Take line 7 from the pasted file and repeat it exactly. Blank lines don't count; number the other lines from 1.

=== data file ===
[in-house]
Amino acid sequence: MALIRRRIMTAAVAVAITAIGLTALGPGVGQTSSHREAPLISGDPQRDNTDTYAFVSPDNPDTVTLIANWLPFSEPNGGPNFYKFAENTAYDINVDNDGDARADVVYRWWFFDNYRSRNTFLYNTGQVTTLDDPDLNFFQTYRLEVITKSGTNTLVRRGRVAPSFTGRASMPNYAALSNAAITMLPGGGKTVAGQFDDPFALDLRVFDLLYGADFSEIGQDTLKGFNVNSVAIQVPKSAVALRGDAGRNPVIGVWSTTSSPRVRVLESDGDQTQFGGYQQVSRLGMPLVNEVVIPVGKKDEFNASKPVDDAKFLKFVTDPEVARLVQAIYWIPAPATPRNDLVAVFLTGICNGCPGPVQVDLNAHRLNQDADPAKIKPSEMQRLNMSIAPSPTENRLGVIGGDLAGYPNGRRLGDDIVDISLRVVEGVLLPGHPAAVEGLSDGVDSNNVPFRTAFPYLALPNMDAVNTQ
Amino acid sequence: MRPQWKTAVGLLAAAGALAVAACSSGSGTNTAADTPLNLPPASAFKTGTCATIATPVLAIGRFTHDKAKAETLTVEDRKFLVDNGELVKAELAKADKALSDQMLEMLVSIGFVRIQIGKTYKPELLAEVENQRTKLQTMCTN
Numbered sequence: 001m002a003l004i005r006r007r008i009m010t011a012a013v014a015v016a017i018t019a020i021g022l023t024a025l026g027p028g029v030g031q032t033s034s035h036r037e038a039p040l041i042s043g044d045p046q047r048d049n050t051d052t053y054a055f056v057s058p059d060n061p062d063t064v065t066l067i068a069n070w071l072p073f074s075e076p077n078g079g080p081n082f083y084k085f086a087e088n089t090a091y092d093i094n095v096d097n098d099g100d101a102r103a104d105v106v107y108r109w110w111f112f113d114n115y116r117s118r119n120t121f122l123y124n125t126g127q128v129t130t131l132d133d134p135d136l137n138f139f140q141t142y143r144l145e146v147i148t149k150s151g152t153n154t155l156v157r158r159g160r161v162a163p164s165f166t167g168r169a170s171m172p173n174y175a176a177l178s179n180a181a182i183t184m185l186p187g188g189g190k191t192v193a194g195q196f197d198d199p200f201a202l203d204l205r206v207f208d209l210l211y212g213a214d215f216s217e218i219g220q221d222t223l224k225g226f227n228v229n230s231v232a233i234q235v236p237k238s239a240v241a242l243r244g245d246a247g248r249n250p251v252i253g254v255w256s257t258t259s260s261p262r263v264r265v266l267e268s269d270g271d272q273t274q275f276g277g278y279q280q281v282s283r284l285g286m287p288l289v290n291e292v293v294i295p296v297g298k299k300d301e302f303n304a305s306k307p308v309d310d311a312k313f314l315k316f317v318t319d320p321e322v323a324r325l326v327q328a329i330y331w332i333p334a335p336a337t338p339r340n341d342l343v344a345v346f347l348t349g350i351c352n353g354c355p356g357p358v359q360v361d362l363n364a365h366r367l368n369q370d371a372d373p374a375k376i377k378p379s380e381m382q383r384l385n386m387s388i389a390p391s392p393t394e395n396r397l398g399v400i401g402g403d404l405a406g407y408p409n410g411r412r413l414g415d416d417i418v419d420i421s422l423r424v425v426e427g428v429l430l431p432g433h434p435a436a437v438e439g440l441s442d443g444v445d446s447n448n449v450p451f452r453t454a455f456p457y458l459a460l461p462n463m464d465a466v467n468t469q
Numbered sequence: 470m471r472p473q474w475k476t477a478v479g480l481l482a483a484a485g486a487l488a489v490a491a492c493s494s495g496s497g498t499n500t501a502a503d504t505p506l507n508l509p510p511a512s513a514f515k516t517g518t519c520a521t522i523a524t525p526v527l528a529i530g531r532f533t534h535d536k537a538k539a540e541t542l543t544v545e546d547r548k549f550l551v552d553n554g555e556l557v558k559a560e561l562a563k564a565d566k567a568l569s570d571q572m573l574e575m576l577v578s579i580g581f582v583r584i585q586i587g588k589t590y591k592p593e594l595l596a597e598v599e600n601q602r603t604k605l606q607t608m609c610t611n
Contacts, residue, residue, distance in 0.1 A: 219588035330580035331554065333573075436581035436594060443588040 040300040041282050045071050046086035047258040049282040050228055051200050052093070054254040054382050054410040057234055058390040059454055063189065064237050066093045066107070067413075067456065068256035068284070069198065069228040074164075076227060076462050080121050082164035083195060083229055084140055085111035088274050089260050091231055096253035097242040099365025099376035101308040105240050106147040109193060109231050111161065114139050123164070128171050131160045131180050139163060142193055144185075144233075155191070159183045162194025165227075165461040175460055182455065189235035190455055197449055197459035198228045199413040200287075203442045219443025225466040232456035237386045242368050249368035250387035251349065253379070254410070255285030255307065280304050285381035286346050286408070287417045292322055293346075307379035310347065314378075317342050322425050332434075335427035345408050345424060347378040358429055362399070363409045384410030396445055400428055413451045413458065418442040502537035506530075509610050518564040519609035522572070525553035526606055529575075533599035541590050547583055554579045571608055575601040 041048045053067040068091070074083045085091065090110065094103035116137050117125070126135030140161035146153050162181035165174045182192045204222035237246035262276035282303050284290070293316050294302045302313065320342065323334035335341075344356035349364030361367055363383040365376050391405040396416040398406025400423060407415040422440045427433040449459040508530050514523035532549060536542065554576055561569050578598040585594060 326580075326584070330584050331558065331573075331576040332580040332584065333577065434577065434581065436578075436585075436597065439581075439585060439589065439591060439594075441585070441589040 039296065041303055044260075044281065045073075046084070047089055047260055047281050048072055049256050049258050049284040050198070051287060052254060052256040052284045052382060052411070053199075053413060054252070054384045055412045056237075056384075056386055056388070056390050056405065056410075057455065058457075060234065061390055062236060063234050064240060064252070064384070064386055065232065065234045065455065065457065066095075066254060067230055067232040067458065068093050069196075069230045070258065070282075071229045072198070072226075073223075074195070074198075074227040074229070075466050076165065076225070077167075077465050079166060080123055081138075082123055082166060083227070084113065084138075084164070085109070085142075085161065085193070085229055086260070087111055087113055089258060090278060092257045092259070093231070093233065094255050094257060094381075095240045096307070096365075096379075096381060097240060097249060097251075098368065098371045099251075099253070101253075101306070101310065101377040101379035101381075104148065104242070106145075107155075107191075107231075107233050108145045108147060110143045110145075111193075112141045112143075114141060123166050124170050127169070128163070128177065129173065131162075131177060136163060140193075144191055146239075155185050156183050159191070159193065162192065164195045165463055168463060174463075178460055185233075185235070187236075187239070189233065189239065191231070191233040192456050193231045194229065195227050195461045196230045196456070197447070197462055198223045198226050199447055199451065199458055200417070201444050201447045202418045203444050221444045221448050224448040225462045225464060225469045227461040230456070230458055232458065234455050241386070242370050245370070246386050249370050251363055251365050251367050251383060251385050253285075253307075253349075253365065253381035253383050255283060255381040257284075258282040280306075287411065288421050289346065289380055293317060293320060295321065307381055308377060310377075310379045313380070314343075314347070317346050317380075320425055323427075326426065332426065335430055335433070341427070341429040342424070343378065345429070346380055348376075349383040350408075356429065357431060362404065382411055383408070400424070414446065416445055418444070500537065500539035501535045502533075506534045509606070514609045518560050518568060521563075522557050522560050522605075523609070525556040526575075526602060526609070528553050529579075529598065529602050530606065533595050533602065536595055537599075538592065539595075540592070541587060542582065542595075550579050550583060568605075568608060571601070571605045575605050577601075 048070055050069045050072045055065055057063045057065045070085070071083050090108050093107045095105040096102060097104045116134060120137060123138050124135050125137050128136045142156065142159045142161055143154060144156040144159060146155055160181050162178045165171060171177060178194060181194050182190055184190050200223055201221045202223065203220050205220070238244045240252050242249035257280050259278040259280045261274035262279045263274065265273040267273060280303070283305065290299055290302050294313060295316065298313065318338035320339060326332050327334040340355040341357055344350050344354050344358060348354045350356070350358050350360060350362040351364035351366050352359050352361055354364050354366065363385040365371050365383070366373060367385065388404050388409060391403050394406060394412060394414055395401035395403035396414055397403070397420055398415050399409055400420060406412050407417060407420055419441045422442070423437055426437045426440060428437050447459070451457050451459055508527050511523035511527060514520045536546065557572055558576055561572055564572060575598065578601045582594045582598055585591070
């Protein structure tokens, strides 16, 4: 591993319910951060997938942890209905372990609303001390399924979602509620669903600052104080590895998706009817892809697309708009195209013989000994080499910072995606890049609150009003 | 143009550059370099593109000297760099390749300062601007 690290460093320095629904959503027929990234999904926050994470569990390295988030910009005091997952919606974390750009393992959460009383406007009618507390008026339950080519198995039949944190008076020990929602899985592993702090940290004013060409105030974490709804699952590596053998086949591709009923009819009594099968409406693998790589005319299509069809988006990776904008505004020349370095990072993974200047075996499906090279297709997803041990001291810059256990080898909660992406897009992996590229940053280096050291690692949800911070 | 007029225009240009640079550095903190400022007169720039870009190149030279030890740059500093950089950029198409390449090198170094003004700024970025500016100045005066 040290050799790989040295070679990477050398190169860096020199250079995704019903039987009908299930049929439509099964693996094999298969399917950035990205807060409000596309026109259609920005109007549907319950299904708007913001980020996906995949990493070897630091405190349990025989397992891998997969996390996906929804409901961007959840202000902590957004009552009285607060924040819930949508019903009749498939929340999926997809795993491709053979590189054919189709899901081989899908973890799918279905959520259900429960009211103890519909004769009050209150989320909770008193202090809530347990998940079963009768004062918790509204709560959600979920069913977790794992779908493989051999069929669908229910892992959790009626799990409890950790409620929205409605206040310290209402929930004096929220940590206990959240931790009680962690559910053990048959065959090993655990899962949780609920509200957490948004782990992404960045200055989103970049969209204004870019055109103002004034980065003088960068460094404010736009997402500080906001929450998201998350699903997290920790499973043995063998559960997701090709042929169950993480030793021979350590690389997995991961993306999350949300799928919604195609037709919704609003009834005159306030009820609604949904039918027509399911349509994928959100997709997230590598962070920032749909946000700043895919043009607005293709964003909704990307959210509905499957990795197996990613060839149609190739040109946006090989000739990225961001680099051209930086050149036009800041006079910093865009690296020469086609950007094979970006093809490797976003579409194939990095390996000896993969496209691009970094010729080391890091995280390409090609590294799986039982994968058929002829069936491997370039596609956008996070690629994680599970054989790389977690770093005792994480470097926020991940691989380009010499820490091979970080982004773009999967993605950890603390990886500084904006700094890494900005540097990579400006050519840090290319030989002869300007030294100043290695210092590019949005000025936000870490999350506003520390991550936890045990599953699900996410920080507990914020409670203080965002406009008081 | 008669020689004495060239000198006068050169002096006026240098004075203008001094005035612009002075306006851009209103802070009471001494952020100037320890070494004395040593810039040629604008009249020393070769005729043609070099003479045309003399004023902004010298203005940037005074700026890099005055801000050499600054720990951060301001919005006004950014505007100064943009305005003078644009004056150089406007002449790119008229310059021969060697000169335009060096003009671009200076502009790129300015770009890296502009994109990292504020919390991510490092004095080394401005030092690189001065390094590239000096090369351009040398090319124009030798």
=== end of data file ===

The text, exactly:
């Protein structure tokens, strides 16, 4: 591993319910951060997938942890209905372990609303001390399924979602509620669903600052104080590895998706009817892809697309708009195209013989000994080499910072995606890049609150009003 | 143009550059370099593109000297760099390749300062601007 690290460093320095629904959503027929990234999904926050994470569990390295988030910009005091997952919606974390750009393992959460009383406007009618507390008026339950080519198995039949944190008076020990929602899985592993702090940290004013060409105030974490709804699952590596053998086949591709009923009819009594099968409406693998790589005319299509069809988006990776904008505004020349370095990072993974200047075996499906090279297709997803041990001291810059256990080898909660992406897009992996590229940053280096050291690692949800911070 | 007029225009240009640079550095903190400022007169720039870009190149030279030890740059500093950089950029198409390449090198170094003004700024970025500016100045005066 040290050799790989040295070679990477050398190169860096020199250079995704019903039987009908299930049929439509099964693996094999298969399917950035990205807060409000596309026109259609920005109007549907319950299904708007913001980020996906995949990493070897630091405190349990025989397992891998997969996390996906929804409901961007959840202000902590957004009552009285607060924040819930949508019903009749498939929340999926997809795993491709053979590189054919189709899901081989899908973890799918279905959520259900429960009211103890519909004769009050209150989320909770008193202090809530347990998940079963009768004062918790509204709560959600979920069913977790794992779908493989051999069929669908229910892992959790009626799990409890950790409620929205409605206040310290209402929930004096929220940590206990959240931790009680962690559910053990048959065959090993655990899962949780609920509200957490948004782990992404960045200055989103970049969209204004870019055109103002004034980065003088960068460094404010736009997402500080906001929450998201998350699903997290920790499973043995063998559960997701090709042929169950993480030793021979350590690389997995991961993306999350949300799928919604195609037709919704609003009834005159306030009820609604949904039918027509399911349509994928959100997709997230590598962070920032749909946000700043895919043009607005293709964003909704990307959210509905499957990795197996990613060839149609190739040109946006090989000739990225961001680099051209930086050149036009800041006079910093865009690296020469086609950007094979970006093809490797976003579409194939990095390996000896993969496209691009970094010729080391890091995280390409090609590294799986039982994968058929002829069936491997370039596609956008996070690629994680599970054989790389977690770093005792994480470097926020991940691989380009010499820490091979970080982004773009999967993605950890603390990886500084904006700094890494900005540097990579400006050519840090290319030989002869300007030294100043290695210092590019949005000025936000870490999350506003520390991550936890045990599953699900996410920080507990914020409670203080965002406009008081 | 008669020689004495060239000198006068050169002096006026240098004075203008001094005035612009002075306006851009209103802070009471001494952020100037320890070494004395040593810039040629604008009249020393070769005729043609070099003479045309003399004023902004010298203005940037005074700026890099005055801000050499600054720990951060301001919005006004950014505007100064943009305005003078644009004056150089406007002449790119008229310059021969060697000169335009060096003009671009200076502009790129300015770009890296502009994109990292504020919390991510490092004095080394401005030092690189001065390094590239000096090369351009040398090319124009030798």